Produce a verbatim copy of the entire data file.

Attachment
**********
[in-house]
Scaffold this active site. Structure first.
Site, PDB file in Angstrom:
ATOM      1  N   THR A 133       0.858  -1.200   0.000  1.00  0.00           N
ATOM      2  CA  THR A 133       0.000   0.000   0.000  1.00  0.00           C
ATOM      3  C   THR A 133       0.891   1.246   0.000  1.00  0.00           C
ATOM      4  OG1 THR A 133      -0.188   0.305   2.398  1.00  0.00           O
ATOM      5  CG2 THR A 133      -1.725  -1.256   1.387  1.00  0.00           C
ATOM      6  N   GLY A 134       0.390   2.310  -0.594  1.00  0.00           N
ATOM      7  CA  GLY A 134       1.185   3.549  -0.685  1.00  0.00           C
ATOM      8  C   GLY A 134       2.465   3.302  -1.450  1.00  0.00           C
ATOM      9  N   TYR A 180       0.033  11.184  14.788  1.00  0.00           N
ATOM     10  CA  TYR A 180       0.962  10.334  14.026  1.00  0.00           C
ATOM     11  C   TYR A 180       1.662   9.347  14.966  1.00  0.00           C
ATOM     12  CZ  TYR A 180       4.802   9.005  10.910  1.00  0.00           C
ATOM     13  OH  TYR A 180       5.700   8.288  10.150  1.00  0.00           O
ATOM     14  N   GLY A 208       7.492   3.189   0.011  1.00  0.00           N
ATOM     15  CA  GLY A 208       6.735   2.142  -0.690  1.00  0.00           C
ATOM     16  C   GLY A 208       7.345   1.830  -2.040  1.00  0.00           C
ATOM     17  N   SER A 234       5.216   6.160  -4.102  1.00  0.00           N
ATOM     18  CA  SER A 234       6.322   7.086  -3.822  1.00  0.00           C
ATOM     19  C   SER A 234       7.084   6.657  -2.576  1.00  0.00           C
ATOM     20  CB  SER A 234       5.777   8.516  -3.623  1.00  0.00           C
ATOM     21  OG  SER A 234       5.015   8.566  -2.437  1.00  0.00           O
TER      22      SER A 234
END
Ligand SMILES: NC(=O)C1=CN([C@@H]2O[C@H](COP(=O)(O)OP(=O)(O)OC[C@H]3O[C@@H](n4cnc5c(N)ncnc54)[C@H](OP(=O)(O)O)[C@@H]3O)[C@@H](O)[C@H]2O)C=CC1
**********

[in-house]
Scaffold this active site. Structure first.
Site, PDB file in Angstrom:
ATOM      1  N   THR A 133       0.858  -1.200   0.000  1.00  0.00           N
ATOM      2  CA  THR A 133       0.000   0.000   0.000  1.00  0.00           C
ATOM      3  C   THR A 133       0.891   1.246   0.000  1.00  0.00           C
ATOM      4  OG1 THR A 133      -0.188   0.305   2.398  1.00  0.00           O
ATOM      5  CG2 THR A 133      -1.725  -1.256   1.387  1.00  0.00           C
ATOM      6  N   GLY A 134       0.390   2.310  -0.594  1.00  0.00           N
ATOM      7  CA  GLY A 134       1.185   3.549  -0.685  1.00  0.00           C
ATOM      8  C   GLY A 134       2.465   3.302  -1.450  1.00  0.00           C
ATOM      9  N   TYR A 180       0.033  11.184  14.788  1.00  0.00           N
ATOM     10  CA  TYR A 180       0.962  10.334  14.026  1.00  0.00           C
ATOM     11  C   TYR A 180       1.662   9.347  14.966  1.00  0.00           C
ATOM     12  CZ  TYR A 180       4.802   9.005  10.910  1.00  0.00           C
ATOM     13  OH  TYR A 180       5.700   8.288  10.150  1.00  0.00           O
ATOM     14  N   GLY A 208       7.492   3.189   0.011  1.00  0.00           N
ATOM     15  CA  GLY A 208       6.735   2.142  -0.690  1.00  0.00           C
ATOM     16  C   GLY A 208       7.345   1.830  -2.040  1.00  0.00           C
ATOM     17  N   SER A 234       5.216   6.160  -4.102  1.00  0.00           N
ATOM     18  CA  SER A 234       6.322   7.086  -3.822  1.00  0.00           C
ATOM     19  C   SER A 234       7.084   6.657  -2.576  1.00  0.00           C
ATOM     20  CB  SER A 234       5.777   8.516  -3.623  1.00  0.00           C
ATOM     21  OG  SER A 234       5.015   8.566  -2.437  1.00  0.00           O
TER      22      SER A 234
END
Ligand SMILES: NC(=O)C1=CN([C@@H]2O[C@H](COP(=O)(O)OP(=O)(O)OC[C@H]3O[C@@H](n4cnc5c(N)ncnc54)[C@H](OP(=O)(O)O)[C@@H]3O)[C@@H](O)[C@H]2O)C=CC1